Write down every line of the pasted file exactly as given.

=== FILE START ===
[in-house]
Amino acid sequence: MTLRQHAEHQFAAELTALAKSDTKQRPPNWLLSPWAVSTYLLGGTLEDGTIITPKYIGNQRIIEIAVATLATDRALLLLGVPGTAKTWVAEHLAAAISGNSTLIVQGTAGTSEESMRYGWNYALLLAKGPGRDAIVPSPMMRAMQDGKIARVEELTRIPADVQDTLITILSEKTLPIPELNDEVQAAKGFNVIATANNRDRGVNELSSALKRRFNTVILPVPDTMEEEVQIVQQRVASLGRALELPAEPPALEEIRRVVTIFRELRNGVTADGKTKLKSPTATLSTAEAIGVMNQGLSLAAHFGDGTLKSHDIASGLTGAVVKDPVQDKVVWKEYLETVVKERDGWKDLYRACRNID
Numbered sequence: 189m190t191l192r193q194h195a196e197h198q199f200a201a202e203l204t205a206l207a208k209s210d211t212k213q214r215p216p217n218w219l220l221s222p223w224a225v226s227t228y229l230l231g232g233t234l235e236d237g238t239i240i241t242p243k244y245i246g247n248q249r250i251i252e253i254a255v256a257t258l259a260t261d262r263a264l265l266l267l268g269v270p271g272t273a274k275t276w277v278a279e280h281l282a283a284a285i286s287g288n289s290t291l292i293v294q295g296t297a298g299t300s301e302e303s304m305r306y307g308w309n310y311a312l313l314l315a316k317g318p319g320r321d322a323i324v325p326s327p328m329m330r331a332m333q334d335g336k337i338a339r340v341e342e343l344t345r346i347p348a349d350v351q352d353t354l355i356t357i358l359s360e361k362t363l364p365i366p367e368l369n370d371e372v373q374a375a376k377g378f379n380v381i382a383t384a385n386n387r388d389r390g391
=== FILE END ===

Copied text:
[in-house]
Amino acid sequence: MTLRQHAEHQFAAELTALAKSDTKQRPPNWLLSPWAVSTYLLGGTLEDGTIITPKYIGNQRIIEIAVATLATDRALLLLGVPGTAKTWVAEHLAAAISGNSTLIVQGTAGTSEESMRYGWNYALLLAKGPGRDAIVPSPMMRAMQDGKIARVEELTRIPADVQDTLITILSEKTLPIPELNDEVQAAKGFNVIATANNRDRGVNELSSALKRRFNTVILPVPDTMEEEVQIVQQRVASLGRALELPAEPPALEEIRRVVTIFRELRNGVTADGKTKLKSPTATLSTAEAIGVMNQGLSLAAHFGDGTLKSHDIASGLTGAVVKDPVQDKVVWKEYLETVVKERDGWKDLYRACRNID
Numbered sequence: 189m190t191l192r193q194h195a196e197h198q199f200a201a202e203l204t205a206l207a208k209s210d211t212k213q214r215p216p217n218w219l220l221s222p223w224a225v226s227t228y229l230l231g232g233t234l235e236d237g238t239i240i241t242p243k244y245i246g247n248q249r250i251i252e253i254a255v256a257t258l259a260t261d262r263a264l265l266l267l268g269v270p271g272t273a274k275t276w277v278a279e280h281l282a283a284a285i286s287g288n289s290t291l292i293v294q295g296t297a298g299t300s301e302e303s304m305r306y307g308w309n310y311a312l313l314l315a316k317g318p319g320r321d322a323i324v325p326s327p328m329m330r331a332m333q334d335g336k337i338a339r340v341e342e343l344t345r346i347p348a349d350v351q352d353t354l355i356t357i358l359s360e361k362t363l364p365i366p367e368l369n370d371e372v373q374a375a376k377g378f379n380v381i382a383t384a385n386n387r388d389r390g391